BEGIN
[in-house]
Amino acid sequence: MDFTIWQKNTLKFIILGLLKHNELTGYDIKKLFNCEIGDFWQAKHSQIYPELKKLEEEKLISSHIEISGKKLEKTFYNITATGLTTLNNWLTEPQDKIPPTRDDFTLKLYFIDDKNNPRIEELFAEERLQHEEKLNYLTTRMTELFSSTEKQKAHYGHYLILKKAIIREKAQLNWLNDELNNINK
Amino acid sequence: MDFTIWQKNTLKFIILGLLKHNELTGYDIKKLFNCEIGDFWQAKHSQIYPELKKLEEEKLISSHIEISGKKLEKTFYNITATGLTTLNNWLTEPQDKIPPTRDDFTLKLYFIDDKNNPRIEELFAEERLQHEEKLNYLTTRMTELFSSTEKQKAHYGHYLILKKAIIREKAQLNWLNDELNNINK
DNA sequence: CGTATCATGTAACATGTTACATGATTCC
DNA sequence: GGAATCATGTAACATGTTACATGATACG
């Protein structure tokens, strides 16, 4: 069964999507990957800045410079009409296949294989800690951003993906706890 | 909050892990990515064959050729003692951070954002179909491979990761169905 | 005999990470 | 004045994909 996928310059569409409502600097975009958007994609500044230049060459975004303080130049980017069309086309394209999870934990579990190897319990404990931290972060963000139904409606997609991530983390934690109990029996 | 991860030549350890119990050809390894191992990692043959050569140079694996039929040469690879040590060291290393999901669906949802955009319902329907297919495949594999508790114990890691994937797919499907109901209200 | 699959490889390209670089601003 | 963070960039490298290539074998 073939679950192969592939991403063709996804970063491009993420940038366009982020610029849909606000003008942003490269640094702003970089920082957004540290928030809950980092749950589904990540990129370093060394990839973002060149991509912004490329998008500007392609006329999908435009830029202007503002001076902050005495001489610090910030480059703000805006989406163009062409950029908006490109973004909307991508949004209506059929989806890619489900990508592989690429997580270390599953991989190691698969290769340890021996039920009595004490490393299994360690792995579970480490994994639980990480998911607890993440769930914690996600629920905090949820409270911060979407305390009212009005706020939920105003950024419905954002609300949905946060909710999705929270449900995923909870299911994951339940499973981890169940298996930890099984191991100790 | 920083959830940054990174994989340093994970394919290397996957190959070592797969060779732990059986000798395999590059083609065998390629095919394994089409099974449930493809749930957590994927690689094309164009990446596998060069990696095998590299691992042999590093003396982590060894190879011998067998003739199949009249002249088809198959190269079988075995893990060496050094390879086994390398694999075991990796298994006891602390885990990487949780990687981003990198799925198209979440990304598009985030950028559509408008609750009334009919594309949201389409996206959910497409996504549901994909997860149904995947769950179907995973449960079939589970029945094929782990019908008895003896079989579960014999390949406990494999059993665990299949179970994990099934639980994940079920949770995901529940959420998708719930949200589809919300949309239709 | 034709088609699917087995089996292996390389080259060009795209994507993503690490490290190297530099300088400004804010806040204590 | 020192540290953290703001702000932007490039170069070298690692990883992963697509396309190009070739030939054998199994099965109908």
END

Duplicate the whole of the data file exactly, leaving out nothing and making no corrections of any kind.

[in-house]
Amino acid sequence: MDFTIWQKNTLKFIILGLLKHNELTGYDIKKLFNCEIGDFWQAKHSQIYPELKKLEEEKLISSHIEISGKKLEKTFYNITATGLTTLNNWLTEPQDKIPPTRDDFTLKLYFIDDKNNPRIEELFAEERLQHEEKLNYLTTRMTELFSSTEKQKAHYGHYLILKKAIIREKAQLNWLNDELNNINK
Amino acid sequence: MDFTIWQKNTLKFIILGLLKHNELTGYDIKKLFNCEIGDFWQAKHSQIYPELKKLEEEKLISSHIEISGKKLEKTFYNITATGLTTLNNWLTEPQDKIPPTRDDFTLKLYFIDDKNNPRIEELFAEERLQHEEKLNYLTTRMTELFSSTEKQKAHYGHYLILKKAIIREKAQLNWLNDELNNINK
DNA sequence: CGTATCATGTAACATGTTACATGATTCC
DNA sequence: GGAATCATGTAACATGTTACATGATACG
């Protein structure tokens, strides 16, 4: 069964999507990957800045410079009409296949294989800690951003993906706890 | 909050892990990515064959050729003692951070954002179909491979990761169905 | 005999990470 | 004045994909 996928310059569409409502600097975009958007994609500044230049060459975004303080130049980017069309086309394209999870934990579990190897319990404990931290972060963000139904409606997609991530983390934690109990029996 | 991860030549350890119990050809390894191992990692043959050569140079694996039929040469690879040590060291290393999901669906949802955009319902329907297919495949594999508790114990890691994937797919499907109901209200 | 699959490889390209670089601003 | 963070960039490298290539074998 073939679950192969592939991403063709996804970063491009993420940038366009982020610029849909606000003008942003490269640094702003970089920082957004540290928030809950980092749950589904990540990129370093060394990839973002060149991509912004490329998008500007392609006329999908435009830029202007503002001076902050005495001489610090910030480059703000805006989406163009062409950029908006490109973004909307991508949004209506059929989806890619489900990508592989690429997580270390599953991989190691698969290769340890021996039920009595004490490393299994360690792995579970480490994994639980990480998911607890993440769930914690996600629920905090949820409270911060979407305390009212009005706020939920105003950024419905954002609300949905946060909710999705929270449900995923909870299911994951339940499973981890169940298996930890099984191991100790 | 920083959830940054990174994989340093994970394919290397996957190959070592797969060779732990059986000798395999590059083609065998390629095919394994089409099974449930493809749930957590994927690689094309164009990446596998060069990696095998590299691992042999590093003396982590060894190879011998067998003739199949009249002249088809198959190269079988075995893990060496050094390879086994390398694999075991990796298994006891602390885990990487949780990687981003990198799925198209979440990304598009985030950028559509408008609750009334009919594309949201389409996206959910497409996504549901994909997860149904995947769950179907995973449960079939589970029945094929782990019908008895003896079989579960014999390949406990494999059993665990299949179970994990099934639980994940079920949770995901529940959420998708719930949200589809919300949309239709 | 034709088609699917087995089996292996390389080259060009795209994507993503690490490290190297530099300088400004804010806040204590 | 020192540290953290703001702000932007490039170069070298690692990883992963697509396309190009070739030939054998199994099965109908």